Cancer diagnosis

She was diagnosed with her own cancer in 1999 when she was 26. Now 47, she said living with cancer has come with its challenges, but along with that has come wisdom and gratitude for the gift of life.

When she faced having her leg amputated in 2007, she started looking for ways to keep doing what she loved without having to work for a corporation.

She’s a marine biologist who was living in Florida when she was diagnosed. There, she once owned a scuba shop and held a 50-ton captain’s license from the U.S. Coast Guard.

“I did all sorts of business to try to earn a living as a marine biologist,” she said. “I just knew that my medical journey was going to be hard, and it was going to be difficult to work a 9-to-5 job, Monday through Friday, so I got this crazy idea to start a nonprofit.”

The nonprofit would host day and overnight trips mostly at the beach as well as water-related activities designed to get students out of the classroom and teach science outdoors.

“We always did community service where we collected trash on the beach and did coastal cleanups and taught the kids how to be good humans and land stewards,” she said.

Her business was put on hold with the pandemic, and now she and Lindsay are transitioning to Washington state, where they plan to offer educational programs.

“As part of our change, we’re looking at developing trauma recovery programs, specifically with domestic abuse victims,” she said. “With COVID, there’s been a huge spike in domestic violence. Social services are overwhelmed. What we did with Nature’s Academy was to work as a complement or a supplement to existing social services, so that’s what we see ourselves doing here.”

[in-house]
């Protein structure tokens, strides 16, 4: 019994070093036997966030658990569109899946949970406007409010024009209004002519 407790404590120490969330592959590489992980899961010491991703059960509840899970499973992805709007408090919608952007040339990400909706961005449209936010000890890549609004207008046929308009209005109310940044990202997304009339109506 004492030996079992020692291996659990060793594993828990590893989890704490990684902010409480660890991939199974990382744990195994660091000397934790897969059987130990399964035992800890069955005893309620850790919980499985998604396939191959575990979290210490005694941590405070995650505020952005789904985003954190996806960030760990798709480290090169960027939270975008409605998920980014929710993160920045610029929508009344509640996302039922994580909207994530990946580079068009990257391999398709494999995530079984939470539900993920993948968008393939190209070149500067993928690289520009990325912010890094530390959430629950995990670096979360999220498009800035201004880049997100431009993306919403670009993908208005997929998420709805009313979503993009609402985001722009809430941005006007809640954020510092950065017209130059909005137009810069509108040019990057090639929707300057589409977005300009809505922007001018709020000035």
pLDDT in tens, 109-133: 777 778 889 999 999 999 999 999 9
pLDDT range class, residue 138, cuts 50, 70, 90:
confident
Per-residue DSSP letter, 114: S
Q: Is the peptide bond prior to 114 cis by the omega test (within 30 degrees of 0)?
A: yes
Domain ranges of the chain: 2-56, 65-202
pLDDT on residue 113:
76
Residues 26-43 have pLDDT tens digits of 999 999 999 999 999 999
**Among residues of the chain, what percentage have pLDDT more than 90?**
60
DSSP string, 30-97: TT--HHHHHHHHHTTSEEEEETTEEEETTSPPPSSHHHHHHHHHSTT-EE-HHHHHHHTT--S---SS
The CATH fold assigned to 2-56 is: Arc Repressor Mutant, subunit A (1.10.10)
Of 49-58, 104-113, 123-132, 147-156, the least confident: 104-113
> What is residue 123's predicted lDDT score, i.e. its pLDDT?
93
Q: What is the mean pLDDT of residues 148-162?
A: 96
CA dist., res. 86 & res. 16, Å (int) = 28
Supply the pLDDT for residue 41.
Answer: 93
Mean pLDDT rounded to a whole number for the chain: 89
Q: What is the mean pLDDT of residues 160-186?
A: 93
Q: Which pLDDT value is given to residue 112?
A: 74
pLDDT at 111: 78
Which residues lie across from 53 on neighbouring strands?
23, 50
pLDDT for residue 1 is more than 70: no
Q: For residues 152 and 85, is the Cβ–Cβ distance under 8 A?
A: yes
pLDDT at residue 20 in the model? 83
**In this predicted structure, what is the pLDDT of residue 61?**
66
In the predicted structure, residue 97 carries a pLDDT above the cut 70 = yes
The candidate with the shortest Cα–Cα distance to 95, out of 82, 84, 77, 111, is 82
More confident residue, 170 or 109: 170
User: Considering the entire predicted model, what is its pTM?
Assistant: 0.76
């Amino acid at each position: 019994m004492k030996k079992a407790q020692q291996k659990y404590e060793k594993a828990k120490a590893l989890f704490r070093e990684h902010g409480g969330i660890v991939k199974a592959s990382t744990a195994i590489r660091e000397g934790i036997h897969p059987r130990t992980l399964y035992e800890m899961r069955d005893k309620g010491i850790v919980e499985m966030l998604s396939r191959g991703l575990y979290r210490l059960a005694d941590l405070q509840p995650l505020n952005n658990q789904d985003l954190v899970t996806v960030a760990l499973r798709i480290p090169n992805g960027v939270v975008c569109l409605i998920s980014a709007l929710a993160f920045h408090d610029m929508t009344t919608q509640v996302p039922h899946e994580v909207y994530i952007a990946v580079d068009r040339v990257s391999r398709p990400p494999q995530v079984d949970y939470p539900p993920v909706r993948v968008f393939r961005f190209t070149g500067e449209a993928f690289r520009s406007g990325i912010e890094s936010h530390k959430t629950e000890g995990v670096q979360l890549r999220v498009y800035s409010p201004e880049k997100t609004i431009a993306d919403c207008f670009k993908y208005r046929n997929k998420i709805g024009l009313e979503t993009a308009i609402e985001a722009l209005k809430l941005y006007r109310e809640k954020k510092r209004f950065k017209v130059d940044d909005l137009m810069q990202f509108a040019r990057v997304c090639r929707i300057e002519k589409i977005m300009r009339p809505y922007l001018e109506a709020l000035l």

For example, Healthy Families of Clallam County and other organizations are the first step for domestic abuse victims, helping them out of their situation and into shelters and getting them the support they need to break free.

“We would like to come next to begin the therapeutic portion,” Dana said.

She wants her program, called Unbounded Horizons, to help them unlearn the feeling of helplessness and aide them in regaining their self-empowerment.

“That’s always been what nature has been for me,” she said.

Whatever the case may be — veterans, domestic abuse, loss of a child or COVID-19 — trauma is something that’s quite ambiguous, and there isn’t a great nature or wilderness recovery program out there, Dana said.

“So that’s a niche we’re trying to fill,” she said.

“Dana so inspirational to me, and she just does not let all the trauma she’s dealt with — her cancer, living with that tumor and having her leg amputated — stop her from living her life,” Sherry said.

When Dana posted on Facebook in October that she’d just completed her 60th round of chemotherapy, Sherry suggested they celebrate with another trail ride, which Dana readily accepted.

She applauds — as do I — Dana and Lindsey putting together therapeutic wilderness and nature programs for trauma survivors.

“I’m convinced Larry’s work with horses and mules is the one thing that’s helped him keep his sanity after coming back from Vietnam,” Sherry said. “He feels like he has a mission in life, and that’s what Dana recognizes, too — that she needs to have a mission in life, that her life has meaning and purpose, that her identity in life is not going to be that she is an amputee.”

I think we all thrive when we feel our lives have purpose, a meaning and, above all, hope. Three important qualities that can be snatched away through ongoing domestic violence, trauma and abuse.


Karen Griffiths’ column, Peninsula Horseplay, appears the second and fourth Sunday of each month.

If you have a horse event, clinic or seminar you would like listed, please email Griffiths at at least two weeks in advance. You can also call her at 360-460-6299.